Islam's unheard voices

It is time for the West to listen and learn from Muslim moderates and radicals alike, insists Cynthia Keppley Mahmood

July 31, 2008

In these pages six years ago I called for a dialogue with Islamic extremists rather than a war with them ("Why I believe we need to talk to extremists", 12 July 2002), arguing that the War on Terror as conceived then could not be won. That essay evoked a wide response, with many people agreeing strongly - among them many of the families of 9/11 victims - but some accused me of a sort of treason.

Since then, new information has come out that I believe strengthens my opinion considerably.

The question "Why do Muslims hate us?" creeps into many discussions in the West. In the United States, people are likely to believe that the answer to this query lies in "our freedom", "our success" or "our way of life", which Muslims are supposed to envy or despise. But today, we have an answer to this important question in the form of a Gallup poll interpreted by John Esposito and Dalia Mogahed in their book Who Speaks for Islam? What a Billion Muslims Really Think (2007).

The sample they draw on is based on 50,000 hour-long, face-to-face interviews across 40 predominantly Muslim nations. Interviewees were asked if they felt that the attacks of 9/11 were justified and if they viewed the United States with disfavour. Nine out of ten Muslims did not believe the 9/11 attacks were justified and did not view the US with disfavour. A mere 7 per cent responded affirmatively. Who are these people who think positively of the attacks on the United States?

Much of what Esposito and Mogahed found is contrary to popular wisdom in the West. Politically radical Muslims are, they found, not more religious than moderate Muslims. They are, however, on average more educated and affluent than the moderates, more satisfied with their standard of living and quality of life, and more optimistic about their personal lives getting better. They admire the West for its technology, freedom of speech and hard work, and believe that Arab and Islamic nations are eager to have better relations with the West. They cite as their biggest fear "occupation" or "US domination".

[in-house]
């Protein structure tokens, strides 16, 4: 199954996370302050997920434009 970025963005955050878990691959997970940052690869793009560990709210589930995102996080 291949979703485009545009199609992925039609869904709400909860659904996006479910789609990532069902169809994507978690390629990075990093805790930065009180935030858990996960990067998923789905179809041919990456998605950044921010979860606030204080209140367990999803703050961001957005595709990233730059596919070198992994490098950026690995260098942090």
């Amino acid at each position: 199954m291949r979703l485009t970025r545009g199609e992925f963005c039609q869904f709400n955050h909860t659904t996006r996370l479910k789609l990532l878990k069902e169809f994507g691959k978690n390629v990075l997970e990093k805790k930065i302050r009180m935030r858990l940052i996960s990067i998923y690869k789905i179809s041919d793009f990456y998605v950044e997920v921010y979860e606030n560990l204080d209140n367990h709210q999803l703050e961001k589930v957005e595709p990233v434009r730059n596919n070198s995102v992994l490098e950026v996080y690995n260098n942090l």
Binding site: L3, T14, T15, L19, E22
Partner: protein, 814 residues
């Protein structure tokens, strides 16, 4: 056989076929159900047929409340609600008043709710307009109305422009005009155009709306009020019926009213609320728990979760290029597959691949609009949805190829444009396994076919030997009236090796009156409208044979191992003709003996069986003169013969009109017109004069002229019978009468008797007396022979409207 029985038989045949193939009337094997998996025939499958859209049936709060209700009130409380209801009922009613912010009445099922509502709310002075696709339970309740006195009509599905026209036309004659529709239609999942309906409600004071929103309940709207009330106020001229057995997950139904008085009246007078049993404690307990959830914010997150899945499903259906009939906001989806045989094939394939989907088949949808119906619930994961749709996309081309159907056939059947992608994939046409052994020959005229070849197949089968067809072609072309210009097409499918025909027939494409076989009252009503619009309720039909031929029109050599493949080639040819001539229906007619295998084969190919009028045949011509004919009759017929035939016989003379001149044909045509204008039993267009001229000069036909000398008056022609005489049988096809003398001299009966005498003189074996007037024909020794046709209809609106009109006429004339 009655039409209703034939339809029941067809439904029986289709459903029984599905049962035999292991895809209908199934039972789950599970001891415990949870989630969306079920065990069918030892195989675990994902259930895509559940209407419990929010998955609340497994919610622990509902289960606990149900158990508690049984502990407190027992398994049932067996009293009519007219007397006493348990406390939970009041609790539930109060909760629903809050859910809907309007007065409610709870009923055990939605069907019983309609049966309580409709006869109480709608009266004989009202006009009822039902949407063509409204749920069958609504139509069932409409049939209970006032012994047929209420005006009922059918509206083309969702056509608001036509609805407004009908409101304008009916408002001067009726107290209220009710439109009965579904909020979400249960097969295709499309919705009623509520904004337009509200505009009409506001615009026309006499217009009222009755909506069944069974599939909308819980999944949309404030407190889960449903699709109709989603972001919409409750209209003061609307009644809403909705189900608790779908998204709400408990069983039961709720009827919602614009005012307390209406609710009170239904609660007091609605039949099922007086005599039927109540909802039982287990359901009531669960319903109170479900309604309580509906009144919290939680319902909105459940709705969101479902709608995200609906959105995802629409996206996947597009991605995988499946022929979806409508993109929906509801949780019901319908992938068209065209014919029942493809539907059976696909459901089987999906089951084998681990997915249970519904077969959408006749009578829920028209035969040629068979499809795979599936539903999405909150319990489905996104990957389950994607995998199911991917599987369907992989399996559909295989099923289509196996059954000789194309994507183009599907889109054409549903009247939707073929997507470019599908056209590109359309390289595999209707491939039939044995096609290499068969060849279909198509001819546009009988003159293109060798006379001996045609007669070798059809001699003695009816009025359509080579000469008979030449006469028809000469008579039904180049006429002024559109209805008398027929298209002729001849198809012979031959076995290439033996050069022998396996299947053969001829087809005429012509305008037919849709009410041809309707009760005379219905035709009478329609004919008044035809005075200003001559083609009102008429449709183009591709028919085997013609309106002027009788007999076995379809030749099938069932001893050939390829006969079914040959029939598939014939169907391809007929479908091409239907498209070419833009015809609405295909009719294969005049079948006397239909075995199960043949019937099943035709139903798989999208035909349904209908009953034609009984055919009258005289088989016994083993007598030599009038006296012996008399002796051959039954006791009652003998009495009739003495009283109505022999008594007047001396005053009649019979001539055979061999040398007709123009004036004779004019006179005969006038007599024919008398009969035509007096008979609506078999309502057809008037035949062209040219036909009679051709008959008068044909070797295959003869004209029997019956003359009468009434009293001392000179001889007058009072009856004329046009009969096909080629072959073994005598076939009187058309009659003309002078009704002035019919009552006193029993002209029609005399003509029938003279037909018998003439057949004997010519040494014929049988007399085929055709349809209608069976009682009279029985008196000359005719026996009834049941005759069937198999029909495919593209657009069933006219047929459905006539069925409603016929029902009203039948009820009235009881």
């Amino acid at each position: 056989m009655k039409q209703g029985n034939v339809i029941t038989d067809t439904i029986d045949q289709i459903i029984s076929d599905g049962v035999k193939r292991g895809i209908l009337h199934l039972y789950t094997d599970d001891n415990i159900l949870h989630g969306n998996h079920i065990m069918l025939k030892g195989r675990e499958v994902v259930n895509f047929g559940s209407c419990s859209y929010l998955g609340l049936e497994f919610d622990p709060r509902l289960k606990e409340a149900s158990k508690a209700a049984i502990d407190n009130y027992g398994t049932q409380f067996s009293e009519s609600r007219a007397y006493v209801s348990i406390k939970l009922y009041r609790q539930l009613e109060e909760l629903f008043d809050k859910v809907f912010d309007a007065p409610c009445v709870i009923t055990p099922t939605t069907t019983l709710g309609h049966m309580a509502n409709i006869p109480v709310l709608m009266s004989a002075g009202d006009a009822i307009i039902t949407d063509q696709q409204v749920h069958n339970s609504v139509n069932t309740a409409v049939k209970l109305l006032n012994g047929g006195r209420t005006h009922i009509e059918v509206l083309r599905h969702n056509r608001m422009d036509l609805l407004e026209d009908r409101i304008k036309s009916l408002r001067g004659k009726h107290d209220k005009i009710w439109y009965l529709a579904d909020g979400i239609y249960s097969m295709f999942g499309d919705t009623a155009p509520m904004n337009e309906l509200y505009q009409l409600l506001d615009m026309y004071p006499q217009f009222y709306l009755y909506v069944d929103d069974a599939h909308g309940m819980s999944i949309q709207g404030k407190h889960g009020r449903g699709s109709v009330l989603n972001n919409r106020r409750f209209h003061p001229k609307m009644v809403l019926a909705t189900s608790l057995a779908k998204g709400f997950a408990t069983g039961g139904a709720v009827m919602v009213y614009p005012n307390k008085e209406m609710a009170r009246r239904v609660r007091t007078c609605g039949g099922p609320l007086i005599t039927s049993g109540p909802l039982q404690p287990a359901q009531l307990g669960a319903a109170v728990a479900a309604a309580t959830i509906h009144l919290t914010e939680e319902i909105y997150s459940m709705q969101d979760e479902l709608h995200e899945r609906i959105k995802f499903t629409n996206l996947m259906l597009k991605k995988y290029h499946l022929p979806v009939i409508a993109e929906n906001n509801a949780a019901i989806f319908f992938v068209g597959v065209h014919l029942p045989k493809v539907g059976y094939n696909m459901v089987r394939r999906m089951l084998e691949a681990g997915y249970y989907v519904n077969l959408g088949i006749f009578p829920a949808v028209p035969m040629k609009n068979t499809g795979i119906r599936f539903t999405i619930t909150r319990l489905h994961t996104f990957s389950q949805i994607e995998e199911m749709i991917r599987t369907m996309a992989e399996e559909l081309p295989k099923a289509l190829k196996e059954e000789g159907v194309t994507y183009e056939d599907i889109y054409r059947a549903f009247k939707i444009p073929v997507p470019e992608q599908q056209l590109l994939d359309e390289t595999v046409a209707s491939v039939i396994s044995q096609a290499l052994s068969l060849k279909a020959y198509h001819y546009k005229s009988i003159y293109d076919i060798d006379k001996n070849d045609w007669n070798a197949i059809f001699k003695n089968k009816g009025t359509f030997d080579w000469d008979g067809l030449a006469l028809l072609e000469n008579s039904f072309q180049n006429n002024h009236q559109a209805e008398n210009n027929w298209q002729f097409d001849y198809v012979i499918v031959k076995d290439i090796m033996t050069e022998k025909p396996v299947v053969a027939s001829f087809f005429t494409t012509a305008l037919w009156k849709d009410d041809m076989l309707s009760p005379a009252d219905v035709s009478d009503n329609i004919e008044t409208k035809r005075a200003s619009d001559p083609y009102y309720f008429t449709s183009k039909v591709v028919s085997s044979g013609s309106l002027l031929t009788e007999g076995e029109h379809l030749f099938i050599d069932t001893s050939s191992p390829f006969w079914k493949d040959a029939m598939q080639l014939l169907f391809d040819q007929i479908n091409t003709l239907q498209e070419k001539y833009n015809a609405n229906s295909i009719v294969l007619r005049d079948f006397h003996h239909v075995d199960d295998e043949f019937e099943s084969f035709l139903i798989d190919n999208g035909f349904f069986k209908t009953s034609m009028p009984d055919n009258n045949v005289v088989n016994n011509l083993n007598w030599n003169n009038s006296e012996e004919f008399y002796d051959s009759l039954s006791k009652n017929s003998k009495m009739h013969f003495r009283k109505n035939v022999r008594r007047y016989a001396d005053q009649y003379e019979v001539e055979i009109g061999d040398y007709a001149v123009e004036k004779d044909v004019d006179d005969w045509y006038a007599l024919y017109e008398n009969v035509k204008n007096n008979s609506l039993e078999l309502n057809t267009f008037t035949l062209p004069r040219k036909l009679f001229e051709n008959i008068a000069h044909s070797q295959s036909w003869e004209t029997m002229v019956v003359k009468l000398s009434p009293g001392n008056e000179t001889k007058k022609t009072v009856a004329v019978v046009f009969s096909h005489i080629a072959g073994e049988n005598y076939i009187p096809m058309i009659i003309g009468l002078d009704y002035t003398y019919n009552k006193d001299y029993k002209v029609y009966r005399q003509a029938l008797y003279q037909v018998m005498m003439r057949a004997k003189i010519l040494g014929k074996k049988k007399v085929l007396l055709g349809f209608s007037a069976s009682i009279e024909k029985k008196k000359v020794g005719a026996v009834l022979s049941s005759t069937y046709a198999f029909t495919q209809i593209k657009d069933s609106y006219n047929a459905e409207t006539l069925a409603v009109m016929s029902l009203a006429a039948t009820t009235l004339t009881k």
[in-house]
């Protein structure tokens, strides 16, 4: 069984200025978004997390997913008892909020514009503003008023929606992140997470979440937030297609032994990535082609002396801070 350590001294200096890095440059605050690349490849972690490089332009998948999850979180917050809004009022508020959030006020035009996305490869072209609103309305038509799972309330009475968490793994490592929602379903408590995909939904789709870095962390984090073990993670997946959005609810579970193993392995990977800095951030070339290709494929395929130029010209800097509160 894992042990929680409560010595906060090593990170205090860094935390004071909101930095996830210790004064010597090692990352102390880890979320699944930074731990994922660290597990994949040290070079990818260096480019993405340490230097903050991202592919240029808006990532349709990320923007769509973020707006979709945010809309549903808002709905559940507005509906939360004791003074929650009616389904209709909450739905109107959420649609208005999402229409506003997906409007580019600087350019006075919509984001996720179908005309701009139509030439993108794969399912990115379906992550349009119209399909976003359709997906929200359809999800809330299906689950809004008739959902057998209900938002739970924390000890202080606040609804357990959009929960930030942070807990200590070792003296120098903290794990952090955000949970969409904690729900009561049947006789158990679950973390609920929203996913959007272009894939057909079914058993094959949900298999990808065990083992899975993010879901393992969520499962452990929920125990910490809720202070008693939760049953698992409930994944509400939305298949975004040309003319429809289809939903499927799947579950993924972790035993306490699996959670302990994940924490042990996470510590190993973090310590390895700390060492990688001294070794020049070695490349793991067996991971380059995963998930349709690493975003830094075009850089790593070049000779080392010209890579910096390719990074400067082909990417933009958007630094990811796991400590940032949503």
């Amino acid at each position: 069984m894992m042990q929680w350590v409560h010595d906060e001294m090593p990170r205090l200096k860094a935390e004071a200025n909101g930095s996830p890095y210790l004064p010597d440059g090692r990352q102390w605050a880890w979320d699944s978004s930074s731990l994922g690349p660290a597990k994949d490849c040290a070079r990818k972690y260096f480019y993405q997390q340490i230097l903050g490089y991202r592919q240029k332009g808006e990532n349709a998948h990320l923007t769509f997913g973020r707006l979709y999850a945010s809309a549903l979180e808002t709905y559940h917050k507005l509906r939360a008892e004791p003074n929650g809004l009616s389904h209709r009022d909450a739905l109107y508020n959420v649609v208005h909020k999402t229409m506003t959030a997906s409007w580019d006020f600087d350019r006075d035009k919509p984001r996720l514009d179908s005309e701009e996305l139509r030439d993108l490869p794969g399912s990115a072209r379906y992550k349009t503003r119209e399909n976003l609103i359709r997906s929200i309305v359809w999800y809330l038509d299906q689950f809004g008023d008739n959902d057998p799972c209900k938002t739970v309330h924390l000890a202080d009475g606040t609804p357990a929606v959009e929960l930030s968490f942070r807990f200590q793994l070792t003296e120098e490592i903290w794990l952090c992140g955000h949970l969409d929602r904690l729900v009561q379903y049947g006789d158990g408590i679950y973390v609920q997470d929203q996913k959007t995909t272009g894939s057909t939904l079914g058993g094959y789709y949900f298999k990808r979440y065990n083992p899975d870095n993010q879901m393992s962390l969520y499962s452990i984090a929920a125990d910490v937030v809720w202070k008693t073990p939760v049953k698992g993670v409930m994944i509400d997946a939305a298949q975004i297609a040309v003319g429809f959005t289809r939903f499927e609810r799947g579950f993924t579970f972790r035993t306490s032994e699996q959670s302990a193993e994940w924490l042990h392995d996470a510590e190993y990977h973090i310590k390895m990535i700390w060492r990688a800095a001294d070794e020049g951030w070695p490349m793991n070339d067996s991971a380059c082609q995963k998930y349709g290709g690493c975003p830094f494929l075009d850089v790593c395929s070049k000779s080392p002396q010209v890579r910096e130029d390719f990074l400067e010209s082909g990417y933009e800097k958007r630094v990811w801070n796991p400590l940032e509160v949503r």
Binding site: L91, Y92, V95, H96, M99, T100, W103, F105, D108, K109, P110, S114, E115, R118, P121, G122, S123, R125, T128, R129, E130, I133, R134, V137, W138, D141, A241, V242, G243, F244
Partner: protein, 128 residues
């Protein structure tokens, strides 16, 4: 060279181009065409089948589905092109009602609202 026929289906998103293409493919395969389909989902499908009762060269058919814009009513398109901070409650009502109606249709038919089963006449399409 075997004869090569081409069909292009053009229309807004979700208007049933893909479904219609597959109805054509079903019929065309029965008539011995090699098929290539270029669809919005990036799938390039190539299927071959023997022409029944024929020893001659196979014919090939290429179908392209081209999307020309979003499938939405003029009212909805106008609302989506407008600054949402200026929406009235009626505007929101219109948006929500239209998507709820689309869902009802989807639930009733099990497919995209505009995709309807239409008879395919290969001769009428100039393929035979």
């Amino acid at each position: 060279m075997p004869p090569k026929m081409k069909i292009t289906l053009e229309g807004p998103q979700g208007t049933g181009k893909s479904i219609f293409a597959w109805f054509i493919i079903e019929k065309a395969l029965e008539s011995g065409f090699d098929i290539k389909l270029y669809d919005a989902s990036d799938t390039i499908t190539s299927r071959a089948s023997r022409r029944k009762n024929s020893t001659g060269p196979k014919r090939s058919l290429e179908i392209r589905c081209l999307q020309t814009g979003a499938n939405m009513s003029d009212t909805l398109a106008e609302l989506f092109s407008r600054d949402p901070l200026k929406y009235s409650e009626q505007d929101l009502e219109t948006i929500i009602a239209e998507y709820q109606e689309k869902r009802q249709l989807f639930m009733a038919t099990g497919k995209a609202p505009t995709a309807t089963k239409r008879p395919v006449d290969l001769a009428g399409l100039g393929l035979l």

A majority of all Muslims in the survey said that they wanted a system of government that would combine faith with democracy. When asked how the West could better its relations with the world of Islam, the most common responses were: respect Islam, treat us as equals, don't degrade Muslims in the media, and offer assistance to Muslim countries in technology, jobs and economic development.

As a scholar who regularly visits Islamic parts of the world and does research with radicals as well as moderates, I can say that the results of this survey offer welcome quantitative validation of what many of us who know Muslims already know subjectively. That is that the United States has created a dangerous myth of "the Islamo-fascist" that bears little resemblance to real activists now carrying the banner of al-Qaeda and other organisations in the Muslim world. They are deeply committed, there is no sign that they will give up any time soon, and a real leader of the United States or any other Western country should have the courage to face who they really are rather than ramping up rhetoric that does more harm than good.

Recognise one thing: 7 per cent may sound like a small proportion, but out of 1.3 billion Muslims, that comes to 91 million. That is a sobering number. It is not a number one can handle with a purely military campaign. The "War on Terror" will have to be reconceptualised as a much broader rethinking of how the West positions itself in the world. We in the US will have to consider a wider framing of how we engage in dialogue with other nations if we are to have a real hope of sustainable success in coexisting in a plural world.

Americans should consider this in their upcoming choice of a new president. Is the US to continue on a military path that must ultimately be genocidal and suicidal? Or can this superpower also have the wisdom and the humility to enter into a serious conversation about historical wrongs and future possibilities in which everyone can be stakeholders?

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